The first chapter of Colossians, within the compass of a few verses, contains a summary view of the Divine forepurpose. The Creation of all things is the first movement in the execution of the plan; at the opposite extreme, as the climax of the plan, we have the Reconciliation of all things. The character of the intervening period, and the Divine activities during its course, is graphically emphasized in the phrase "peace being made through the blood of His cross".

Since Reconciliation is here conceived as being from the very outset the climax of all things created, it is evident that primeval creation was not the adequate expression of His consummated plan, but the preliminary stage, of a glorified world, in which weakness, flaw or failure can have no place. Hence creation may be said to have been complete only in the sense in which a step which is integral part of a complex whole may be said to be complete in itself.

It might be said perhaps, if any one was disposed to play the part of an objector, that, according to this view, creation was not perfect. The answer is, the universe as it came forth from God was perfect, but it was not perfected with the perfection of maturity. We proceed to point out the difference between "perfect" and "perfected."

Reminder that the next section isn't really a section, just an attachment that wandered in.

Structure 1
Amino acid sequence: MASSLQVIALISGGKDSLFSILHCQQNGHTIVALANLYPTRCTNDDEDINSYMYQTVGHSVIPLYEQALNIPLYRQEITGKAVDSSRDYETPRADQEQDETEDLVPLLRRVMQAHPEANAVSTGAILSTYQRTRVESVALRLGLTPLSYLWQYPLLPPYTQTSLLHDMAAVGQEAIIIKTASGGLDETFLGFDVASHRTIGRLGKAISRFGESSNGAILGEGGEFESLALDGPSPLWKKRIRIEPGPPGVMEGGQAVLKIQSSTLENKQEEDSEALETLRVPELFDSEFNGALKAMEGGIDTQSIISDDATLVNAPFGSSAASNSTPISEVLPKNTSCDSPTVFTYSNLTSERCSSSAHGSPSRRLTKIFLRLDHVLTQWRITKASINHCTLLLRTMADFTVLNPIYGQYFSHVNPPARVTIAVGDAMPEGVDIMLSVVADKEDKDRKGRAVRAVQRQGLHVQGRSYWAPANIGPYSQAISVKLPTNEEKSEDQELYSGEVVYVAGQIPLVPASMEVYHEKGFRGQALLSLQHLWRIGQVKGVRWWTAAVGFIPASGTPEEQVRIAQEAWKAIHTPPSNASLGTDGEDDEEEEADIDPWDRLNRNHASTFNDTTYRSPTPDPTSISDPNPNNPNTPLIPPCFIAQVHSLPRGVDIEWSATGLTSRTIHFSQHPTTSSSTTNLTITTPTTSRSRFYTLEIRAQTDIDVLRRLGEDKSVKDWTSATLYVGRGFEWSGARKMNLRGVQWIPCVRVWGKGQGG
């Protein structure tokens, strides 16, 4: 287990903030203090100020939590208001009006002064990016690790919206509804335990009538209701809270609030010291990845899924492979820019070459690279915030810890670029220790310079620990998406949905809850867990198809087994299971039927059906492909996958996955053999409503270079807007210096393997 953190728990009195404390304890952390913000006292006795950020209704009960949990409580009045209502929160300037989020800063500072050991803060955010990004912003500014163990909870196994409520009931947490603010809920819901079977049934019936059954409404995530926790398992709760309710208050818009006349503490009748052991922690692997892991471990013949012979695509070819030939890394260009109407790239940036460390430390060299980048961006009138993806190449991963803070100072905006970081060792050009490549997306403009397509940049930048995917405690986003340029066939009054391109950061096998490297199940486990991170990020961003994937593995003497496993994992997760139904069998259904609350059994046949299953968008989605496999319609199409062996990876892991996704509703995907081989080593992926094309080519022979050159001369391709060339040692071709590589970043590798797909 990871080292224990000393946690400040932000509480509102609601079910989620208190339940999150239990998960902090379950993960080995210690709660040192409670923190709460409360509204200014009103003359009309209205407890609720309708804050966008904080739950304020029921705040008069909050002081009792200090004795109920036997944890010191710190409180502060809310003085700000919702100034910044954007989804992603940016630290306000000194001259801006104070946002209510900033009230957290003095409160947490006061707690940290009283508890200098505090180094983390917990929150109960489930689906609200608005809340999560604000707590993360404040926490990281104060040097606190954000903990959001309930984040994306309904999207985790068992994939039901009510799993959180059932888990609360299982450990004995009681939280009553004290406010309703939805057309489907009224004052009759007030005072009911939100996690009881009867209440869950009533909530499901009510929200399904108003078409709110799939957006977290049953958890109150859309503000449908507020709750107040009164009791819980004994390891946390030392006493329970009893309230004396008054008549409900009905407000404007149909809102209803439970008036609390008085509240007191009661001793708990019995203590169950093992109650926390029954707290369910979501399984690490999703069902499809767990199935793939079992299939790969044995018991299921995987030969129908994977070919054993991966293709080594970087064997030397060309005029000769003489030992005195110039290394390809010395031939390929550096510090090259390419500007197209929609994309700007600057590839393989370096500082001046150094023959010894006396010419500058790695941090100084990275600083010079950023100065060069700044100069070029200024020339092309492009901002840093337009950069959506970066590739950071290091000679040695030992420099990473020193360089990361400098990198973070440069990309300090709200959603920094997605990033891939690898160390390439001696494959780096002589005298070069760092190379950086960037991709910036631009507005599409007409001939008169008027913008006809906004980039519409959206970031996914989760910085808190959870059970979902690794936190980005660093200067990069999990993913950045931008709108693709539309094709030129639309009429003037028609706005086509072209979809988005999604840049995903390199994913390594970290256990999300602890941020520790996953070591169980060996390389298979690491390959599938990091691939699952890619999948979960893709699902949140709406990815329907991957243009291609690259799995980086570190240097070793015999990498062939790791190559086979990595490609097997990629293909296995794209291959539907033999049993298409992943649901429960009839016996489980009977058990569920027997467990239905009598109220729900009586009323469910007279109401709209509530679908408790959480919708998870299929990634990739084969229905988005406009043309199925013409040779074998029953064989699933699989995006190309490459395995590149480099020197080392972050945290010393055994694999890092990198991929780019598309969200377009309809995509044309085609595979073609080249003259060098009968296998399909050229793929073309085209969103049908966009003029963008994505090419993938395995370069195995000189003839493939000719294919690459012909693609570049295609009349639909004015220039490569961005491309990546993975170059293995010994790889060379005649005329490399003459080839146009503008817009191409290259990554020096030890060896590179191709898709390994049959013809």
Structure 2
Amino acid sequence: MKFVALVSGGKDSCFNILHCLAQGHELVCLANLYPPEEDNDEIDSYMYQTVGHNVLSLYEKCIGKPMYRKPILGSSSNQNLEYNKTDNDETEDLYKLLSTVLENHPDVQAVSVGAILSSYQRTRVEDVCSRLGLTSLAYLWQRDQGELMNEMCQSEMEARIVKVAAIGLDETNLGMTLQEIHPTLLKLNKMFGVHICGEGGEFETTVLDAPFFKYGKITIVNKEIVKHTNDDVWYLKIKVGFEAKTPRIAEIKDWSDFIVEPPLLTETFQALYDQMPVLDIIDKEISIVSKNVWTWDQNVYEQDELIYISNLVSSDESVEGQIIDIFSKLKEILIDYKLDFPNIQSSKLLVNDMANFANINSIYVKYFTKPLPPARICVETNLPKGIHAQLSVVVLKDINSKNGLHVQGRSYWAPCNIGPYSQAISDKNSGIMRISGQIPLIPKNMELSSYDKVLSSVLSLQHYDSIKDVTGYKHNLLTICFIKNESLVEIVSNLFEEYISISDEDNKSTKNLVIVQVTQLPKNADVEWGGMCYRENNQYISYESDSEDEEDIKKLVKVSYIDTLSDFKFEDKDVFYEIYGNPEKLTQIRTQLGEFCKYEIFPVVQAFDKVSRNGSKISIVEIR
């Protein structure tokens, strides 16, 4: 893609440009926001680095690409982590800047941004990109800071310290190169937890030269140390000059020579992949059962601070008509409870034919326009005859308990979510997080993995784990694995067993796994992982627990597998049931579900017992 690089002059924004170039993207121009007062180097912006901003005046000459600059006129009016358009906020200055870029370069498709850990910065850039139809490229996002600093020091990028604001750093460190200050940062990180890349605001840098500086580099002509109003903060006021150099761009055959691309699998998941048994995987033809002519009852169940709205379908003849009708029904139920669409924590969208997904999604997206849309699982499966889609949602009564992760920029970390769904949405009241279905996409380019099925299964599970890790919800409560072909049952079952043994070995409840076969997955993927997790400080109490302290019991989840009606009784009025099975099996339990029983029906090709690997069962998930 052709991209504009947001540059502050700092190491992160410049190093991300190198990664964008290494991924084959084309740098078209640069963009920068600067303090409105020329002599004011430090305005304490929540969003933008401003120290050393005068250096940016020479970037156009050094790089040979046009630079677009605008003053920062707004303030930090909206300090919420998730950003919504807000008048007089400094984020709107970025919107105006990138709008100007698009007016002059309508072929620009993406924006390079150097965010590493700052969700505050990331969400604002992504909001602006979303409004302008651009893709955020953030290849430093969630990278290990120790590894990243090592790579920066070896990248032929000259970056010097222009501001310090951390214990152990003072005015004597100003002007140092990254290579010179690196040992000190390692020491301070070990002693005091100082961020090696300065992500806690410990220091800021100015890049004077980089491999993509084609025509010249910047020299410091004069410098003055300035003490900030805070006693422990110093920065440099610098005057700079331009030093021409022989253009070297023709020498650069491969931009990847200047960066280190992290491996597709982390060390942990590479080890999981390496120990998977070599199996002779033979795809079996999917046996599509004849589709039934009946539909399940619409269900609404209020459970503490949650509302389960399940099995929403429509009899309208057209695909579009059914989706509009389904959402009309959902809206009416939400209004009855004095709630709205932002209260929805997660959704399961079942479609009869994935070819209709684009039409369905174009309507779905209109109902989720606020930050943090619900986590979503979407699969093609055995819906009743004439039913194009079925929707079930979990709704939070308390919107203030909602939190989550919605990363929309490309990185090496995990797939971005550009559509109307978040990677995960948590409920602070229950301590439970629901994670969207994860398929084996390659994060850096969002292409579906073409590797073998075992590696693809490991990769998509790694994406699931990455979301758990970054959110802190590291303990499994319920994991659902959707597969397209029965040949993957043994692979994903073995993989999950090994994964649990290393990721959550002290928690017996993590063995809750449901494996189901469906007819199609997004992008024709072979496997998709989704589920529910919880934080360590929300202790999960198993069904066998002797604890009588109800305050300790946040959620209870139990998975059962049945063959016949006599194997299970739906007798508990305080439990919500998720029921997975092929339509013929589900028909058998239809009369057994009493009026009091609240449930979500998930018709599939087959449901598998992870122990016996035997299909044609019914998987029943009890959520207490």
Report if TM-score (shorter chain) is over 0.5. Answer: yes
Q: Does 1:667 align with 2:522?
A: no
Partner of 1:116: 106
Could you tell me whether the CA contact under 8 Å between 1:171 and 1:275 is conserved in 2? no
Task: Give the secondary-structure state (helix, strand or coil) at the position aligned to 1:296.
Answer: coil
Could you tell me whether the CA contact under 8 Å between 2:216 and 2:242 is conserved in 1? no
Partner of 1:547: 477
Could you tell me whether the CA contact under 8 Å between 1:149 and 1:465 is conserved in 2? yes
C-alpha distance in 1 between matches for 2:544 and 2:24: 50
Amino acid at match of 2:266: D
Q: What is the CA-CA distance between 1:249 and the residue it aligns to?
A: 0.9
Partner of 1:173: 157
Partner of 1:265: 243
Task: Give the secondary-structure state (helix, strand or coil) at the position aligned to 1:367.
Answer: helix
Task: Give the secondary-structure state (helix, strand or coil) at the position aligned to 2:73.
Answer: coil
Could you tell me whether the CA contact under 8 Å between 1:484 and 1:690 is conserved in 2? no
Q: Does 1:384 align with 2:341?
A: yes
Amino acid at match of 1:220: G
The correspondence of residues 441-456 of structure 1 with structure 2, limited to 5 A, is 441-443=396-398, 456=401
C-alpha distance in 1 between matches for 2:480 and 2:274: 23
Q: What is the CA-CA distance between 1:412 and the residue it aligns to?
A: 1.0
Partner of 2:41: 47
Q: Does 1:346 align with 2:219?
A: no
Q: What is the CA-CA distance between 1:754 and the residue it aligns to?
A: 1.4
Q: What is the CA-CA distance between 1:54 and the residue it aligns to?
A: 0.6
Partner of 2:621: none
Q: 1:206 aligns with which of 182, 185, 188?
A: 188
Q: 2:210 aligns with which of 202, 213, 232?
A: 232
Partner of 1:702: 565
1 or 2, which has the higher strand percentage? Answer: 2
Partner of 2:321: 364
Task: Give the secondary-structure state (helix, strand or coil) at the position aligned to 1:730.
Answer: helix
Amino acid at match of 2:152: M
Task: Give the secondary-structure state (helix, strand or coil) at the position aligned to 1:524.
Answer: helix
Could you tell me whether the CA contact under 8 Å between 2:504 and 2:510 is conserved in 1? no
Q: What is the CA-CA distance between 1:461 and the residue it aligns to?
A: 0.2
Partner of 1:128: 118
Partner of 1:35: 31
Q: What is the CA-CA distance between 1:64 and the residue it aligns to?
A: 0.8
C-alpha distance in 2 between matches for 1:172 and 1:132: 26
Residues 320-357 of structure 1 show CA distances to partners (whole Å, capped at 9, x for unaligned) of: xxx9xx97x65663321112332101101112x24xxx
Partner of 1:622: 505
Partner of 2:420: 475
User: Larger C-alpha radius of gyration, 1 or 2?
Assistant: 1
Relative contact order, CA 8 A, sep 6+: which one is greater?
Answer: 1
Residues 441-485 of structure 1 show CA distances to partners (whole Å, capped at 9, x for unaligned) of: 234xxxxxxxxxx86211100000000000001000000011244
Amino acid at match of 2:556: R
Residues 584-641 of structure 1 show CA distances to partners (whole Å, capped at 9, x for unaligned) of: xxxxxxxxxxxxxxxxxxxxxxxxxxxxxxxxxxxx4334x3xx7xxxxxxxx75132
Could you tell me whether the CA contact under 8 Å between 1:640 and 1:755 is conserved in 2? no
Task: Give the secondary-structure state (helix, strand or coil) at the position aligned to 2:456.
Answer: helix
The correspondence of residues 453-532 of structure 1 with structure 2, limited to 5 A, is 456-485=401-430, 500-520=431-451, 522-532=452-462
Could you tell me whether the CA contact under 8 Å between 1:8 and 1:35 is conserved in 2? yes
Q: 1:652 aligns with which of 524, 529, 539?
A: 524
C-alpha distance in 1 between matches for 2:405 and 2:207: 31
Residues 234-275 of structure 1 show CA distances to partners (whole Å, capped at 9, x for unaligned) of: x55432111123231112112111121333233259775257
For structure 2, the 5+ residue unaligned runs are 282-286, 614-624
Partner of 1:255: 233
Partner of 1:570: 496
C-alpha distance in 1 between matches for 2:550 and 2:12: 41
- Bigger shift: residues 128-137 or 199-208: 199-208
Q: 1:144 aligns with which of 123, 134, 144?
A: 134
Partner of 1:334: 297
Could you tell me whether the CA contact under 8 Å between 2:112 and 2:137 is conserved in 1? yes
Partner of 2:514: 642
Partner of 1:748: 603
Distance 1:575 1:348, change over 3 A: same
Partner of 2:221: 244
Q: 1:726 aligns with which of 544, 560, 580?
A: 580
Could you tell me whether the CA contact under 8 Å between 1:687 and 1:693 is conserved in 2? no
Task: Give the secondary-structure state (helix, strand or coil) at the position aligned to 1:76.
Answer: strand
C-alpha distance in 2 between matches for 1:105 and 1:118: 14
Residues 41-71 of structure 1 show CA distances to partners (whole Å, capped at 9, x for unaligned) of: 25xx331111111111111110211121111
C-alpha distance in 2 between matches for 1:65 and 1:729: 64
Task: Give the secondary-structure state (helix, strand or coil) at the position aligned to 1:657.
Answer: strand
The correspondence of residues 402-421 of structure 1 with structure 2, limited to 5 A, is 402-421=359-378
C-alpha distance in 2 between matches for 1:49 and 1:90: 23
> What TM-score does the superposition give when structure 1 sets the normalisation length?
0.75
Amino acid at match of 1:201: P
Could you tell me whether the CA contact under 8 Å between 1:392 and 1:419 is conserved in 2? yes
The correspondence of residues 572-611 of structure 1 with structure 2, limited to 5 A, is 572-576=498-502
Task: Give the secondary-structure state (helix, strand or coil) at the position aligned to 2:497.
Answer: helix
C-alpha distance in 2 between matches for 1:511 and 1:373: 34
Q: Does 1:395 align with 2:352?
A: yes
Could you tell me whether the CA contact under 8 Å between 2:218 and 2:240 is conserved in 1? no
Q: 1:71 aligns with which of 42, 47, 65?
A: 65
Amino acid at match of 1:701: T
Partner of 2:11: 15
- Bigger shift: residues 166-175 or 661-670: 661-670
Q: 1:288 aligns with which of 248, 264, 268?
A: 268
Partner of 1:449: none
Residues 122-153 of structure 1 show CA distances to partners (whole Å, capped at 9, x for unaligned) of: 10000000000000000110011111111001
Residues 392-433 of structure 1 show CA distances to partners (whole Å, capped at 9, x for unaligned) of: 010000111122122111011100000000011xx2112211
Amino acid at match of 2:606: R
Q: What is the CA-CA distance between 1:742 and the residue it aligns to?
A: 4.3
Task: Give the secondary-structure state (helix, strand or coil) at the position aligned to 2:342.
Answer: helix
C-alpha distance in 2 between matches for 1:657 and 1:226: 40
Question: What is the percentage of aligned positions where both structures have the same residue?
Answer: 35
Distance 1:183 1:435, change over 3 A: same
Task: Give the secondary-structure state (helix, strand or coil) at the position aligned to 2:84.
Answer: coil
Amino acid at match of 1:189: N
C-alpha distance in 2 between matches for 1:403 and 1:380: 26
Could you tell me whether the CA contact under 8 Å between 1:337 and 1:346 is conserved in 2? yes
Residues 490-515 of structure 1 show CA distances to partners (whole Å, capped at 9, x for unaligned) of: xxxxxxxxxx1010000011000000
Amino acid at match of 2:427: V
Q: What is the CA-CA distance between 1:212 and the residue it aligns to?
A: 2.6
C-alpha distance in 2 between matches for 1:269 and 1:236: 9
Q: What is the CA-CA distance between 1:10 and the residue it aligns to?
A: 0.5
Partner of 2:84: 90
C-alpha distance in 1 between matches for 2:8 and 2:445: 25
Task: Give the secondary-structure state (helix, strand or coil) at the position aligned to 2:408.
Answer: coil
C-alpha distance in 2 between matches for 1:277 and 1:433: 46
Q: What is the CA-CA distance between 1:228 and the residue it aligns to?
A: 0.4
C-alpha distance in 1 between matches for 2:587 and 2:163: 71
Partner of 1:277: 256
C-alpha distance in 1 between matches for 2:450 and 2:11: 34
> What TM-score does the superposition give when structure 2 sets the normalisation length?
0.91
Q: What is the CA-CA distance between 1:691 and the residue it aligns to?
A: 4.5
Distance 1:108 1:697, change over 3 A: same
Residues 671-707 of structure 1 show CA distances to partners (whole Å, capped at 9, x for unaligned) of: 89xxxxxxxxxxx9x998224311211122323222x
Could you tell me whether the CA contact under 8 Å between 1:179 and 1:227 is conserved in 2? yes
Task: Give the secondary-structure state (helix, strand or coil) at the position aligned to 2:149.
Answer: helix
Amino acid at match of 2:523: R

In the third chapter of Philippians, our versions use the word "perfect" in a way which suggests a contradiction; for, in v.12, the apostle emphatically disclaims perfection, whereas, in v.15, he as emphatically claims it for himself and those who were with him. The solution is simple: the Greek word rendered "perfect" in v.12 is a verb in the perfect tense, whereas in ver. 15 it is an adjective. This fact puts a new complexion on the passage, and makes it one of singular cogency and force. The apostle says: "Not that I have already obtained, or am already perfected;" in other words, to reverently paraphrase his sentence,

I have not yet reached the goal; I am not yet crowned: What the Lord had in mind when He gave Himself for me, was not the present life of trial and training, but the crowning day, when my body of low estate will be refashioned so as to become in form like unto the body of His glory. That climax I can never attain until the Savior Himself comes from heaven. Meanwhile, there is a sense in which we can be perfect--"whereunto we have already attained, by that same rule let us walk." Thus the difference between "perfect" and "perfected" is the difference between the attainment which is a present possibility, and the attainment which is impossible until the resurrection; or, to state it otherwise, it is the difference between relative and absolute perfection, between the good work begun and the good work completed. Our Lord furnishes a striking illustration of the distinction we seek to emphasize when He said, "Behold, I cast out demons, and perform cures today and tomorrow, and the third day I am perfected" (Luke 13:32). Every act and word of His was perfect, indefectible, complete; but each was only part of a mission, so that while each step was perfect His ministry could not be perfected until the full number of steps was reached.